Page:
“Charlie, now that you have this beautiful, wonderful wife and child, that should be enough, right?”
     It should be, but you people have no idea how sick I really am.
“Charlie, with all of your loving friends and family, plus all of our resources and modern medicine at your disposal, you should be able to get sober and stay sober, right?”
     Wrong.
“Charlie, the doctor says you will die if you continue to drink.”
     Um, can I borrow some money? Oh, and thanks, that’s great about the doctor thing.

     Unfortunately, non-addicts don’t understand addiction. It doesn’t matter how much shit I have, or who I have, or what potential I have. You could give me a billion dollars, my dream job, a mansion on the water, an angel wife, two beautiful kids and the best of friends… and I think I’ll go get jammed out of my fucking skull. I’m an addict. I use. That’s what addicts do. No pile of “frothy emotional appeal” is going to do the trick.

     Here’s the deal: Yes, addiction is plain and simple a physiological disease. We have broken our bodies and can never again use normally. But the reason why we can’t STAY sober has nothing to do with our bodies. There is no physical craving of drugs when we’re sitting there butt sober. We only begin craving drugs or alcohol AFTER we start drinking or using.

     So no, the reason why we can’t stay sober has nothing to do with the bio-chemical illness of alcoholism or addiction. The reason why we can’t stay sober is because we have a spiritual problem. We have a moral problem. Yes, a moral problem, along with the insanity of the mental obsession. Do me a favor… go out there and try to stay clean while acting immorally. Try to stay sober while lying, cheating, manipulating, being selfish, angry, depressed and abusive. Good luck with that. You will need luck because it doesn’t work.

     Once we become addicts and realize that we have a serious problem, the only thing keeping us actively using is doing the wrong thing. If we were living by spiritual principles, there would be no need to use. We would know how selfish we are, and we would go and fix our broken minds. We would have an entire psychic change, find God, restore ourselves to sanity, and never again suffer from the random mental obsession to drink or use drugs.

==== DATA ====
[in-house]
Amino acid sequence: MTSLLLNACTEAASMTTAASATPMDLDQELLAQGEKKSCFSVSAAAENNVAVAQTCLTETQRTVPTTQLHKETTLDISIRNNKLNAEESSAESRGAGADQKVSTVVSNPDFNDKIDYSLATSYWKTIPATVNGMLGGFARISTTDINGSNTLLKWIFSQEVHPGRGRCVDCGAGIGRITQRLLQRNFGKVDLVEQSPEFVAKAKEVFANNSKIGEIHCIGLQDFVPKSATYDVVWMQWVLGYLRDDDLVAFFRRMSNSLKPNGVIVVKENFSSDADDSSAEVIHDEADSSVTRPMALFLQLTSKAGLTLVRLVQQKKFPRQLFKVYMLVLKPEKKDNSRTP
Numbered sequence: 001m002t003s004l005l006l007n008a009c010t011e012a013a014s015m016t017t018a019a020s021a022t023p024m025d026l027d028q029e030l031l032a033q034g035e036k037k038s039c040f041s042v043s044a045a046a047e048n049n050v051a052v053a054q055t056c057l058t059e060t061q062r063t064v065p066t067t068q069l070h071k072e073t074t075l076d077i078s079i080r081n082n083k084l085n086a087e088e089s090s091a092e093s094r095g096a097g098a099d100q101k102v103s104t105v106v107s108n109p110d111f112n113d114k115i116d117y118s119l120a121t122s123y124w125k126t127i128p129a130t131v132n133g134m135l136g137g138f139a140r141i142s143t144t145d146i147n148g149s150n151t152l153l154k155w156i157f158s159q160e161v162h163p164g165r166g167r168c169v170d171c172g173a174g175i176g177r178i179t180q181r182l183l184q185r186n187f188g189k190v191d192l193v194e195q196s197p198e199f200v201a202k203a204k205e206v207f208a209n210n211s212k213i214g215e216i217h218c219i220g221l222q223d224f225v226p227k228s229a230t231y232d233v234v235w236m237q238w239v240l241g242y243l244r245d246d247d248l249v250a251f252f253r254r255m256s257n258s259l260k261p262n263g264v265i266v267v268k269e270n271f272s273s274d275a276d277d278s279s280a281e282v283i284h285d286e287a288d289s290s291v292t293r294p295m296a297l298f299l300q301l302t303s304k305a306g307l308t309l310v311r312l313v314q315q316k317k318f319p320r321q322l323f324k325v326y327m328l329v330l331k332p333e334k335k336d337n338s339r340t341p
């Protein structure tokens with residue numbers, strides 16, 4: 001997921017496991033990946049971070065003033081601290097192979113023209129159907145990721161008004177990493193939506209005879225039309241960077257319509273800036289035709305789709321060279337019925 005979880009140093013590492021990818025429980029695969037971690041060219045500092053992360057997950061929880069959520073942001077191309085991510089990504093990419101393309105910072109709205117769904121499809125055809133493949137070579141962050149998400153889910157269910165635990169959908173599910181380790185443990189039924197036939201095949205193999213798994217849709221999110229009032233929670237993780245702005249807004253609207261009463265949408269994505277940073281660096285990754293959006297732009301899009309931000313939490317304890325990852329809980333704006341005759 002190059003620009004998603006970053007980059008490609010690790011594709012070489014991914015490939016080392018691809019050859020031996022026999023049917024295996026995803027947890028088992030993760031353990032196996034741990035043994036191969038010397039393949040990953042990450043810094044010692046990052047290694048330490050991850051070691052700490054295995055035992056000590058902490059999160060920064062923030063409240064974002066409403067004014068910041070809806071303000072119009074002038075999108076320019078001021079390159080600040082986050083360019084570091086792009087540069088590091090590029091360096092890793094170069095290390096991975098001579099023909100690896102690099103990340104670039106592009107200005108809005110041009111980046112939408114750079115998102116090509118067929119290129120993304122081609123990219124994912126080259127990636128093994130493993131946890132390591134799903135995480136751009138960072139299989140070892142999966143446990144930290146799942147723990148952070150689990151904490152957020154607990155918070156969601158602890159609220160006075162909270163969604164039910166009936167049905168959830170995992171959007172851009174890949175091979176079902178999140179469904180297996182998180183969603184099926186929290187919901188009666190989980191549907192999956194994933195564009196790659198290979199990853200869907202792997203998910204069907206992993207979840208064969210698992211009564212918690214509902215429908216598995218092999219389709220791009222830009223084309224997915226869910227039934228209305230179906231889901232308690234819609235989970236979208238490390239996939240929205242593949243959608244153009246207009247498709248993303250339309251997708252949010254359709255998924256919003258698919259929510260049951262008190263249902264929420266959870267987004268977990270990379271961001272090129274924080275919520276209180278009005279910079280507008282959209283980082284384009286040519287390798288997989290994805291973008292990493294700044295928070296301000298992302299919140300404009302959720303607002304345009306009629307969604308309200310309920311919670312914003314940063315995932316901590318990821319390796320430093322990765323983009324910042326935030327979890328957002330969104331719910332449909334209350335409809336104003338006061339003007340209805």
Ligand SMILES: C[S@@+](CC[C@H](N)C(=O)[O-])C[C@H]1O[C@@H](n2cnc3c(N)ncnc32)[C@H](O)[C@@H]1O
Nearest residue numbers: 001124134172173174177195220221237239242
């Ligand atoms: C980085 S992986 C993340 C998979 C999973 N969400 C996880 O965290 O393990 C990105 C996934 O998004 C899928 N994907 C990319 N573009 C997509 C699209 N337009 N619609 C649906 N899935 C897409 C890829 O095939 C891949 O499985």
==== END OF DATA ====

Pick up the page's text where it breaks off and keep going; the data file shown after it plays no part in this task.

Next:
So if you’re an alcoholic or an addict out there and you plan on staying sober after you pat yourself on the back for going to detox, you better change the person you are. You have no chance of staying clean if you do not embrace spiritual principles and live a moral life. Drinking booze and using drugs is 100% connected to morals, or lack thereof. Do we really think the average alcoholic, heroin addict or crackhead out there is living right? Please. So when you get a pamphlet or an article that some clueless PhD wrote about how addiction is not a moral problem but rather purely a physiological phenomenon, you are absorbing information that will undoubtedly lead to relapse, and perhaps your eventual death.

God, teach me to live by Your principles of love, honesty, patience, tolerance, courage, compassion, strength, honesty and service…

There Is No Worse Than

     Once we cross over that line, we are all the same…

     A speaker that I once looked up to stunned me one night at a meeting. He was handing out a 1-year sobriety chip and essentially glorifying how ‘bad’ of an addict this girl was. The money quote was, “She wasn’t just some suburban dope sniffer…” As if it’s harder to get better because of what we use, or the way we use, or what town we come from, or our ethnicity, wealth, status or privilege.

     The very second we cross over that line and become addicts, we are all equally screwed and the mountain we have to climb to recover is the same exact height. Just ask two vastly different recovered people how easy it was to actually go through a rigorous, thorough and honest 12 Step process. It’s not easy at all, no matter who you are. To go from being insane to sane is a miraculous feat, and one that requires spiritual help. And the internal effort it takes to access this spiritual Power is pretty much the same for all of us.

     Bottom line: Neither wealth nor poverty will prevent you from becoming a full blown addict. And neither wealth nor poverty will fix you once you get there. No matter who we are, where we come from, or what we use, we are all equally screwed once we acquire this allergy to drugs and alcohol. The only difference amongst addicts and alcoholics is that some of us are ‘recovered’ and have been joined by taking Steps and others are simply ‘recovering’ or ‘in recovery’, meaning that they are still insane and subject to relapse at any point in time.

God, help me remember that I am one drink away from detox…

Triggers Don’t Exist

     Why does the mainstream treatment community tell us that relapse is part of recovery when it has nothing to do with recovery? Newsflash: It’s not okay to relapse. Doctors, therapists, social workers, and so-called addiction specialists blindly recite the false text book mantra that “relapse is part of recovery.”

     Why?

     Because they simply don’t know anything else. The sad truth is that millions of professionals out there don’t actually know what addiction is (spiritual ailment) or how to treat it. Why is it okay to relapse when relapsing means another long and destructive cycle of lies, theft, sadness, pain, heartache and damage to countless others?